Republicans Vote On Welfare Reform Lie

Isaiah J. Poole

Republicans won’t abandon the Obama’s-gutting-welfare-reform lie, no matter how often it is discredited.

Today Republicans took the lie to the House floor, in the form of a resolution that would block the implementation of a Health and Human Services memorandum that would give states more flexibility in how they move welfare recipients into meaningful jobs.

We were among the first to blow the whistle on the claim that this memorandum would destroy the work requirements that were at the heart of the 1996 welfare reform law, by merely pointing to the plain language of the memorandum itself: “The Administration for Children and Families (ACF) is interested in more efficient or effective means to promote employment entry, retention, advancement, or access to jobs that offer opportunities for earnings and advancement that will allow participants to avoid dependence on government benefits.”

The memorandum is peppered with phrases such as “improve employment outcomes” or “superior employment outcomes.” Yet a House Ways and Means committee report on the resolution assets that the legislation “would have the effect of allowing States to opt out of TANF work requirements.”

Never mind, as Leo Gerard explained on our blog earlier this week, Republican governors, including Republican presidential candidate Mitt Romney when he was governor of Massachusetts, were pressing for the kind of regulatory waivers that would be granted under the memorandum House Republicans were voting to nullify.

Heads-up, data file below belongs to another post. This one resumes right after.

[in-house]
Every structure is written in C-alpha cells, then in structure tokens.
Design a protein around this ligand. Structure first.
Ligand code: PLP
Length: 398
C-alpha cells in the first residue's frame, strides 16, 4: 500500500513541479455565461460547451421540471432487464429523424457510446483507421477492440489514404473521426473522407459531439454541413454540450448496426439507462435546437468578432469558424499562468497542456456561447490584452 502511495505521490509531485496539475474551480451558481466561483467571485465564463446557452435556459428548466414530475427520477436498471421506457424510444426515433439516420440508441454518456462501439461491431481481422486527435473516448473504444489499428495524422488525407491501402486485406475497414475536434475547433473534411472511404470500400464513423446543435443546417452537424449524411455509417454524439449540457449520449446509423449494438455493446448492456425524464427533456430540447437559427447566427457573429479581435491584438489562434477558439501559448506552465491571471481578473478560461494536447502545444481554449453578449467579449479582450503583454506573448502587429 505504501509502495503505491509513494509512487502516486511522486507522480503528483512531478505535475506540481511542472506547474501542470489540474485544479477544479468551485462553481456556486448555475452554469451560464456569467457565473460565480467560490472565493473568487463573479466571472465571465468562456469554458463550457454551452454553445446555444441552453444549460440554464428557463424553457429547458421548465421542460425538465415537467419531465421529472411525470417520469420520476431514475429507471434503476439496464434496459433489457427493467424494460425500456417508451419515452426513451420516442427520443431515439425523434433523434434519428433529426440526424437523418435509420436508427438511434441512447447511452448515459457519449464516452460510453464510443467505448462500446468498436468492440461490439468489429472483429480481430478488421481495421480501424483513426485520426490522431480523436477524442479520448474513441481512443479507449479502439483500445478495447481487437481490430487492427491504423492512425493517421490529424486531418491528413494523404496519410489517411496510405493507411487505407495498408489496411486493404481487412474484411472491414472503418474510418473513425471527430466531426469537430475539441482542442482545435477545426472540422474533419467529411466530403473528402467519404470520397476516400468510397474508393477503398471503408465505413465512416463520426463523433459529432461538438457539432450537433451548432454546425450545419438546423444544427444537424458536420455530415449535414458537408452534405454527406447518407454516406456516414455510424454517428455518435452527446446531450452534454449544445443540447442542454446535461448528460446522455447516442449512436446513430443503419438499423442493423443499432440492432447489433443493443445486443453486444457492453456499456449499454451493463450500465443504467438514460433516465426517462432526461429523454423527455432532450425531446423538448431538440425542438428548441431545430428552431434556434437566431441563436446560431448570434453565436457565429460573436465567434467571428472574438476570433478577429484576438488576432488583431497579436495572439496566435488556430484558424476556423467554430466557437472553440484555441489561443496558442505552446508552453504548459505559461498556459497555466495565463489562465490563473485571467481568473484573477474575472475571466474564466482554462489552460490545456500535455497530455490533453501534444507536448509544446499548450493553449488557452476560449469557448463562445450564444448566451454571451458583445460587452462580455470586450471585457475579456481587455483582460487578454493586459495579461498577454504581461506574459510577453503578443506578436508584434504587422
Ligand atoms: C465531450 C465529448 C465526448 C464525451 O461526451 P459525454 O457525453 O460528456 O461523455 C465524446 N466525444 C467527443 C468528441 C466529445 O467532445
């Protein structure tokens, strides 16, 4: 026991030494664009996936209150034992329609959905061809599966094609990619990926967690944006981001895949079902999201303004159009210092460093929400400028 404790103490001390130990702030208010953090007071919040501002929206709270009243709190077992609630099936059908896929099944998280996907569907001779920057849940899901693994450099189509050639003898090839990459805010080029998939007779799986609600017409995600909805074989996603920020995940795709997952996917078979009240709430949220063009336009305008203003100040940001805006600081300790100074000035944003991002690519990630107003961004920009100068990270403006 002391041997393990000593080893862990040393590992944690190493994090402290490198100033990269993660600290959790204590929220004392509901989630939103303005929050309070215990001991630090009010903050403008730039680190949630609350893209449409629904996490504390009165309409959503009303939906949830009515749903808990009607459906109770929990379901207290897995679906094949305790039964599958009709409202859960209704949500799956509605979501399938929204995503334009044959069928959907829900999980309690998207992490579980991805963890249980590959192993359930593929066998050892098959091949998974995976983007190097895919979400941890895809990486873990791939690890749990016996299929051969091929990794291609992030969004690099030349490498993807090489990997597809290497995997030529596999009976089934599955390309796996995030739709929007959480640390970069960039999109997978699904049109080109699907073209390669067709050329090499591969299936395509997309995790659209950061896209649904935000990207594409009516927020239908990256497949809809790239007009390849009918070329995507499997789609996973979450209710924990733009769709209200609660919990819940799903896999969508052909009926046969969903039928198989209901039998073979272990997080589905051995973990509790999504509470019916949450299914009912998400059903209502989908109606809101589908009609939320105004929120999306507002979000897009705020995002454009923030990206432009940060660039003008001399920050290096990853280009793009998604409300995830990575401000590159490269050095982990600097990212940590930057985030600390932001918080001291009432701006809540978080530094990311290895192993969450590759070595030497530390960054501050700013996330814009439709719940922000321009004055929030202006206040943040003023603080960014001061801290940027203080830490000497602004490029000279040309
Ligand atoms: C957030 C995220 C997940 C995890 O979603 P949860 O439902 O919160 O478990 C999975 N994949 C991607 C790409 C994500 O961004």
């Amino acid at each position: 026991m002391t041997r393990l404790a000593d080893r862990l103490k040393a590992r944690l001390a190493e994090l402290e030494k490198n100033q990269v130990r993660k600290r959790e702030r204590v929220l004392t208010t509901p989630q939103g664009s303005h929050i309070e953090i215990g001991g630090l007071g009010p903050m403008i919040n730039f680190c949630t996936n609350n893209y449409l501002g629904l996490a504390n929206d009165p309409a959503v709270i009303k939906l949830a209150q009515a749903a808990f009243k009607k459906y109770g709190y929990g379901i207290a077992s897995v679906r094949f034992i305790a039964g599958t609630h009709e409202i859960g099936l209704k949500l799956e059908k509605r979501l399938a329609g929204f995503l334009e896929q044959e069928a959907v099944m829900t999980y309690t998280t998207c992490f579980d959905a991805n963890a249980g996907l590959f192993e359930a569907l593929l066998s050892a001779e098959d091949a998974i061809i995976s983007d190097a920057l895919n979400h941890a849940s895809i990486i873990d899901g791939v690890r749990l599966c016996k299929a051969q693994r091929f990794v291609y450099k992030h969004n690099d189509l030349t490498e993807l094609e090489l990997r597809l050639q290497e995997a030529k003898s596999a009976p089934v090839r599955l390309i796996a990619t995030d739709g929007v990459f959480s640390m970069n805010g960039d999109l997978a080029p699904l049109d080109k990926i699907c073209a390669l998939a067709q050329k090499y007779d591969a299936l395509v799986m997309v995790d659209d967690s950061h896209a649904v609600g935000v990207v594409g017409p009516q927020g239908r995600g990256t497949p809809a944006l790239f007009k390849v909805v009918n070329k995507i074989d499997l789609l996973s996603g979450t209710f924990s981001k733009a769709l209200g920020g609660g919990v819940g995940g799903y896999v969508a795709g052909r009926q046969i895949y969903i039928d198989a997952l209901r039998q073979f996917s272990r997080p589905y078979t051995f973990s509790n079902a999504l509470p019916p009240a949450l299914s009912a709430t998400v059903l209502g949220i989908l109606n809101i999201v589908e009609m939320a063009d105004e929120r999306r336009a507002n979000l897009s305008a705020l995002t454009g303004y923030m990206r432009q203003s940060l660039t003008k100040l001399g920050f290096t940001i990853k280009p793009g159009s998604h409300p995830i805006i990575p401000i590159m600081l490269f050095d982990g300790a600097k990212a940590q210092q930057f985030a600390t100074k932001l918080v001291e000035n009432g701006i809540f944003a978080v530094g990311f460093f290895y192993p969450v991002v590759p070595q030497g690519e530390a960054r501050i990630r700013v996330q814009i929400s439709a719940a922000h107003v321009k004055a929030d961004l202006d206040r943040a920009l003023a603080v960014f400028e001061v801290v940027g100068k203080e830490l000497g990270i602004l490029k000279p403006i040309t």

But as Rep. Sander Levin, D-Mich., said on the House floor today, this is not about defending the integrity of the welfare reform work requirements.

“This is to manipulate the truth to try to appeal to the worst instincts” and to “provide a smokescreen for an ad that has been called a ‘pants on fire‘ ad,” he said.

He was of course referring to Romney’s ad that claimed that President Obama was eliminating the welfare-to-work requirement. The ad features images of hard-working white people juxtaposed with an ominous-looking President Obama as a voice says, “Under President Obama’s plan, you wouldn’t have to work, and you wouldn’t have to train for a job. They just send you your check.”

It is one of the most outrageous presidential campaign claims since Ronald Reagan’s fictitious “welfare queen” fable of his 1976 presidential bid—and just as pernicious.

But, just as Reagan rode the racial resentment stirred up by the welfare queen stereotype all the way to the White House, the Romney campaign and House Republicans expect the meme that “the food stamp president is giving lazy people government money to sit around and do nothing” will give them the unfettered control of government that they crave.

“The attacks play on a deep sense of resentment with the benefits received by the “undeserving” poor,” wrote Nate Cohn of The New Republic in August. “Some polls point toward an uptick in anti-assistance sentiment since the recession. According to relatively recent Rasmussen surveys, 71 percent say that too many people get welfare and 47 percent of adults think the government spends too much on poverty programs.”

Romney has not only sided with those who believe we spend too much money on the poor, but in a private fundraiser voiced disdain for those who he said felt “entitled” to such basics as food and shelter. The alliance of Romney and House Republicans against the mythical poor who would rather get government checks while saying home all day and watching the exploits of Snooki is yet another manifestation of a heartless, clueless and intellectually bankrupt strain of conservatism that is incapable of addressing the problems of real poor and unemployed people.

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